That's still true after 13 years, and I have to remind myself of it, especially now that I'm involved with younger activists who argue differently. I still want to be involved with them. They are the future of metastatic cancer.

I just am not ready to die.

Think Before You Pink.

The day we died on the Capital.

Awash in Pink.

October 13, 2015

Metastatic breast cancer awareness day

Yes, out of all of Pinktober and the entire year, they give us ONE DAY. In honor of that one day, I want to quote from my friend Mandi, author of the blog Darn Good Lemonade

About Mandi
My Diagnosis & Treatment
The List

5 Things Not to Say to Someone With Metastatic Breast Cancer
Posted By Mandi on Oct 13, 2015 | 1 Comment

In honor of metastatic breast cancer awareness day (October 13), here are 5 things not to ask someone with metastatic breast cancer:

1. When will you be done with treatment?

The answer is never. We will be in treatment until we die. Even if the magical NED (no evidence of disease) status comes. Once you have stage IV breast cancer you have circulating cancer cells in your bloodstream that have to be kept in check. The average lifespan is 3 years after metastatic diagnosis.

2. I thought breast cancer had a cure?

You will see 99% and 95% cure rate stats floating around. Those stats say that with early stage detection, 95-99% of women will leave past 5 YEARS. Not live forever. read the fine print. I hate this stat. 20% of women with stage IV live past 5 years after diagnosis of stage IV. 5 years past my stage IIB diagnosis is coming up on December 30, 2015. I am not even going to give you stats that involve brain metastasis, we are already pretty upset at my house these days without stirring that pot. Let’s just hope I make it to that 5 year mark, just need 2 more months eh?

3. But you look healthy?

When I won an award that required I be in active treatment for breast cancer, the other woman there with me happened to be early stage and acted fairly upset that I was there with all of my hair (little did she know 5 minutes after shooting the news spot I had to run and get radiation to my spine). It really upset me, I felt like she seemed to think I was faking my illness and it also concerned me that she knew nothing about metastatic breast cancer (spine radiation was one of the worst things I have ever been through by the way). Just because someone doesn’t looks sick on the outside, doesn’t mean they aren’t sick. This goes for many other diseases that are called “invisible illnesses.” I know sometimes people mean well when they point that out, but we don’t exactly want to look sick and it isn’t a gauge on how we are really feeling.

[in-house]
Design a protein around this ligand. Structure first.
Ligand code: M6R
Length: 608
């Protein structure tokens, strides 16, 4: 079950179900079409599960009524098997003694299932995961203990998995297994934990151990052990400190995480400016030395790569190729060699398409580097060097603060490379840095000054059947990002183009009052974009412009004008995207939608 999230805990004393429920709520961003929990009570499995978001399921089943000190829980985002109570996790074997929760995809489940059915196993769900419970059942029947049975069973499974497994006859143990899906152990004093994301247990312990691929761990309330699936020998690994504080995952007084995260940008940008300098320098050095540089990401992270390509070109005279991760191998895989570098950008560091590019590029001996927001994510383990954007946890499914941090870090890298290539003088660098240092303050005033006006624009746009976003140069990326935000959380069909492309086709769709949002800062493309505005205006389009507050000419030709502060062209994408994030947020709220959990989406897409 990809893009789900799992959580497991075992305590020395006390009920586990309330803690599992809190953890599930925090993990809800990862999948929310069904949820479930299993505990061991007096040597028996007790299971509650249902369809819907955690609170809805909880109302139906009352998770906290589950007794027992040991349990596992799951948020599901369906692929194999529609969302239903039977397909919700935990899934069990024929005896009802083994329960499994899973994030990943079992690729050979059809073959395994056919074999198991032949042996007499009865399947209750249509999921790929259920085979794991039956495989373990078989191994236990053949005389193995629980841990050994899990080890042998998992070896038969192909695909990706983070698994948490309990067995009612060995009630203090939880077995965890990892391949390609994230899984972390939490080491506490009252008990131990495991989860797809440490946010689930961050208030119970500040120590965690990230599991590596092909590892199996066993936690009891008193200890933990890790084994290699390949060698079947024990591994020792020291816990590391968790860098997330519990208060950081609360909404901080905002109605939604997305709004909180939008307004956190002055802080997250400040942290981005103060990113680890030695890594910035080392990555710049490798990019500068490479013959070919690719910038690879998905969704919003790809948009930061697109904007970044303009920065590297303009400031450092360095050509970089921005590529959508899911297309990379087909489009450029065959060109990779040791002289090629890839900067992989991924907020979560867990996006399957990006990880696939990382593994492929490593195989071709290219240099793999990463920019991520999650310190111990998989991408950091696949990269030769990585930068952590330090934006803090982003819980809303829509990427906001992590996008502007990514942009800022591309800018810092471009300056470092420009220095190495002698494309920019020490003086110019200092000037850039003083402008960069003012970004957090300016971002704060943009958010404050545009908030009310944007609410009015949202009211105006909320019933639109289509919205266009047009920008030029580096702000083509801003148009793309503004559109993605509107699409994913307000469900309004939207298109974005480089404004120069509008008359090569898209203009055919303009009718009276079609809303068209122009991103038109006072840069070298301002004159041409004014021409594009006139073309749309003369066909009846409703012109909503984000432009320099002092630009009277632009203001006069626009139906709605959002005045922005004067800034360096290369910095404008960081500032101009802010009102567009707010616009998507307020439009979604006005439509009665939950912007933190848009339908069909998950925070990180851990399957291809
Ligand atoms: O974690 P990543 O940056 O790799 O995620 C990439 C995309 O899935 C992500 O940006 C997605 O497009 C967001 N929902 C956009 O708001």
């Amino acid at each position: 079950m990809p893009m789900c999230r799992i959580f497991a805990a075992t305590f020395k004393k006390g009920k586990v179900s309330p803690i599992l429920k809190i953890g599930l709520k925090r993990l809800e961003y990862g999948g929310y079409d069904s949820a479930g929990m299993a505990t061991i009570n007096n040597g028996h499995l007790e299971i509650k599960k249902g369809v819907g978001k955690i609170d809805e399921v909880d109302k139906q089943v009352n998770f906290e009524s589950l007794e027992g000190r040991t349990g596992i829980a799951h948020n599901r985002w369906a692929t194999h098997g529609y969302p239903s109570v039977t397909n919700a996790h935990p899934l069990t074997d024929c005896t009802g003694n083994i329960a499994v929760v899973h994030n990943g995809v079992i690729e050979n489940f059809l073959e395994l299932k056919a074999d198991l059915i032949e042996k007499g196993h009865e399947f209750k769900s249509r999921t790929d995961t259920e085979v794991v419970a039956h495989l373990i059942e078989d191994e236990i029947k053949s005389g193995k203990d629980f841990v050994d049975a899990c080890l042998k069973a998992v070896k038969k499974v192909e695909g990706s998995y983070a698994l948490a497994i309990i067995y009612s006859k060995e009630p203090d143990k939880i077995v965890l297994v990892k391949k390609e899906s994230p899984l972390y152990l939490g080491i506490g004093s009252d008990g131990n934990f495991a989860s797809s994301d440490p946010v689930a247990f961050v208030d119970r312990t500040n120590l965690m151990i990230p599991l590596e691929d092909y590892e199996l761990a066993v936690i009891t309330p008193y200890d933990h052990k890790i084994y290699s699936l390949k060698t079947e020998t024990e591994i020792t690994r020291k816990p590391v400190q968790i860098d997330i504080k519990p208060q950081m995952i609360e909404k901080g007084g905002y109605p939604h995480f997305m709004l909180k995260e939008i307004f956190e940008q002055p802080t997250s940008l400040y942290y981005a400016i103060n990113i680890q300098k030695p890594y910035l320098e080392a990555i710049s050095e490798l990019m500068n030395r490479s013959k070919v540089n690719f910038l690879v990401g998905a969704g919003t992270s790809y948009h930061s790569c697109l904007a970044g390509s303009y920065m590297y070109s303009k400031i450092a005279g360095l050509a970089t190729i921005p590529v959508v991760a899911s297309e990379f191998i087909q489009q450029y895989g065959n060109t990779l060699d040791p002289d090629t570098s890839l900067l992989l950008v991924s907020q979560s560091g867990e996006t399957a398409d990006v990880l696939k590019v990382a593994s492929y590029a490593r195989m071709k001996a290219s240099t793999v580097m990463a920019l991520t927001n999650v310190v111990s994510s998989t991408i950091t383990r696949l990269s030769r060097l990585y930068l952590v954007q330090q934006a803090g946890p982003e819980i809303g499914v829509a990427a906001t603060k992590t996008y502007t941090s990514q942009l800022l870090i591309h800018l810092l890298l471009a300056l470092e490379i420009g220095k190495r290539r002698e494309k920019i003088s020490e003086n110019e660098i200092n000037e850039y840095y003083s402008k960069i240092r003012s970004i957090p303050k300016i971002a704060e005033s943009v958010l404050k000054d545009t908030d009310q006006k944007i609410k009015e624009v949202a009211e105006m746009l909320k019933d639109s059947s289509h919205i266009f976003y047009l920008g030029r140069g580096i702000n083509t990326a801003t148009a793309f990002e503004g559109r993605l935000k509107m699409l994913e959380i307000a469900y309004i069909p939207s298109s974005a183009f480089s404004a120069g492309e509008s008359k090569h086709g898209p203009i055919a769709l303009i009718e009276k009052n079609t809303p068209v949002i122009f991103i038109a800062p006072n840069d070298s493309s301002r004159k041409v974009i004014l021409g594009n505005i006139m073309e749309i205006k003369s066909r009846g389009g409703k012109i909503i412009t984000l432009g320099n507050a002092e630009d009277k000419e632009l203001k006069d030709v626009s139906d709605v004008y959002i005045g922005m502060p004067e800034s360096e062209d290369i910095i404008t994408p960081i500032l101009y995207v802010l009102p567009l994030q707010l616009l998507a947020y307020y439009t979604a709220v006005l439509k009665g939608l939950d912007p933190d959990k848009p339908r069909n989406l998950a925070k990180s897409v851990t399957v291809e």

4. But you got the “good cancer?”

HA! All cancer sucks. Yes, some people live longer with some cancers. Some cancers are nearly curable. They all require crappy treatment and side effects. Let’s just cure ALL cancers and I seriously want to hear how cancer in my spine, lungs and brain is the good cancer, mmkay?

5. Men don’t have breasts, they can’t get breast cancer?

Men do get breast cancer. They actually have the inner-workings of a breast that just don’t actually become them because of hormones. That whole XY chromosome thing. I don’t need to teach you biology, but men get breast cancer and they get metastatic breast cancer. Don’t forget them.

For metastatic breast cancer awareness day, I beg you to share a story of someone you love/loved that has been impacted by stage IV breast cancer, share facts, share what it is. Share that we need metastatic breast cancer research. SHARE! <3 Also, if you have metastatic breast cancer – what did I miss? Add in the comments.

Jill's news:
I saw Dr G today and Monday's CT was "not favorable." I have new mets in my liver and lungs.The lung mets have come and gone over the years and are particularly tiny (5 mm each), so I guess I'm not going to worry about them much.

Dr G wants to increase my dose of carboplatin and add Alimta (pemetrexed). Nurse Jacque said these are given once every three weeks, with vitamin B12 for the Alimta. That shot had a very tiny needle. I'll know more once Premera has approved these chemos. Alimta crosses the blood-brain barrier and has low toxicity, so it's very appealing. We also discussed ixabepilone, cytoxan and a new therapy called abemaciclib. 

He'll get me in to see a radiation oncologist to treat my skin mets and enlarged lymph node. Dr G will also try to get me in to see Dr Julie Gralow at UW for a second opinion. She's a widely renowned oncologist who travels around the world and is most likely to know about new research. But since she travels so much, it may be a long time before I get in to see her.